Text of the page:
Boeing, in partnership with Korean Aerospace Industries and other key suppliers, has delivered the first new wing set for the A-10 Warthog fleet to the US Air Force (USAF). The wing set arrived earlier this month to Hill Air Force Base in Ogden, Utah, where the Air Force has started aircraft integration.
“Boeing is working diligently to deliver greatly needed new wings for the A-10 fleet,” said Lt. Col. Jaclyn Melton, materiel leader for A-10 Programs in the A-10 System Program Office at Hill Air Force Base.
Boeing was awarded the contract in August 2019 and is currently working to provide the Air Force with 50 wing sets. Each wing set consists of outer wing assemblies, center wing assembly, control surfaces and the fuselage integration kit. The upgraded wings are more durable, efficient, and easier to maintain, extending A-10 flying life to 10,000 hours.
“The A-10 serves a critical role for the Air Force and Boeing is proud to extend our legacy of supporting the Thunderbolt and its mission,” said Dan Gillian, vice president of US Government Services for Boeing Global Services, in a company news release. “In partnership with the Air Force and our established supply base, we have started full rate production and are actively supporting the customer’s installation schedule.”
Pentagon had previously marked for the A-10 retirement. In its fiscal 2015 budget, the USAF had estimated that retiring the A-10 fleet would let the service save $4.2 billion over five years.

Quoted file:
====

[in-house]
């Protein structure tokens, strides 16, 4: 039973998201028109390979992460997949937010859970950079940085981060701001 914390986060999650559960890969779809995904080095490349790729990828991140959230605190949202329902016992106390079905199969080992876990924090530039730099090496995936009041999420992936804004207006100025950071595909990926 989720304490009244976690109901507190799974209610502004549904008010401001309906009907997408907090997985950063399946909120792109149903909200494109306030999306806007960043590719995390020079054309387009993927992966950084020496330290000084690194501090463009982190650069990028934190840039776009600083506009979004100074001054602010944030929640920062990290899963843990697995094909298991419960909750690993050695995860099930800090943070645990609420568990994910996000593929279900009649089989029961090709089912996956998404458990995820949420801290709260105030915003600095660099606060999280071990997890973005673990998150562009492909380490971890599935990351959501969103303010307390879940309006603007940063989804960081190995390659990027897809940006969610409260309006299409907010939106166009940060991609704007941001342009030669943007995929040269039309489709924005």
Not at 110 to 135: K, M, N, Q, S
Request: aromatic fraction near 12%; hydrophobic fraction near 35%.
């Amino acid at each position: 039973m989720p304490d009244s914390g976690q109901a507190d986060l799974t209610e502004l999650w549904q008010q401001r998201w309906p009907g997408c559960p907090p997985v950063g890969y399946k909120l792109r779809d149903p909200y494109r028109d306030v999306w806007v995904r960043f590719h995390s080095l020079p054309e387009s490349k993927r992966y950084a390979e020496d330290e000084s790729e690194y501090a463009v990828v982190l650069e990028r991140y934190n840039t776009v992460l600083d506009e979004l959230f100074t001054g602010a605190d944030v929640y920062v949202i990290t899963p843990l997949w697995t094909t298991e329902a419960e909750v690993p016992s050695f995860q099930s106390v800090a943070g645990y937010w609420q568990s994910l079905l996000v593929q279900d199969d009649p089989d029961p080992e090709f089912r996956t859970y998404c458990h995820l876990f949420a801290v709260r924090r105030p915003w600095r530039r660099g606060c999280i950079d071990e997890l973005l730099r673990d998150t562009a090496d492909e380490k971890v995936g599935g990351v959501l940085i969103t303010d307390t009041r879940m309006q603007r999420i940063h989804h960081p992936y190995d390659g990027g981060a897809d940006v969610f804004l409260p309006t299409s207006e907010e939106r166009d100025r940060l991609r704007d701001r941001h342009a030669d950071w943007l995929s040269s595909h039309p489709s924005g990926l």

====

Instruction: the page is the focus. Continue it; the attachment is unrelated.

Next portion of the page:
However, military campaigns in the Middle East put the A-10 back to work.
Introduced into the USAF aircraft inventory in 1976, the venerable A-10 is the only production-built aircraft for close air support (CAS). The aircraft was made to fly close to the ground in support of friendly ground troops, drop heavy loads of weapons, attacks armored vehicles and tanks, and can be called in to attack enemy ground forces. In fact, thanks to its capabilities the Warthog proved to be the perfect aircraft to provide air support to ground troops seeking to defeat ISIS militants in the Middle East.
The A-10 wing program was previously a dry line, with tools and equipment housed in long-term storage. Boeing Global Services revived the tooling and activated the supply base within 12 months of contract award. The company’s previous experience with the A-10 includes delivering 173 enhanced A-10 wing assemblies under a separate contract.
Photo credit: U.S. Air Force
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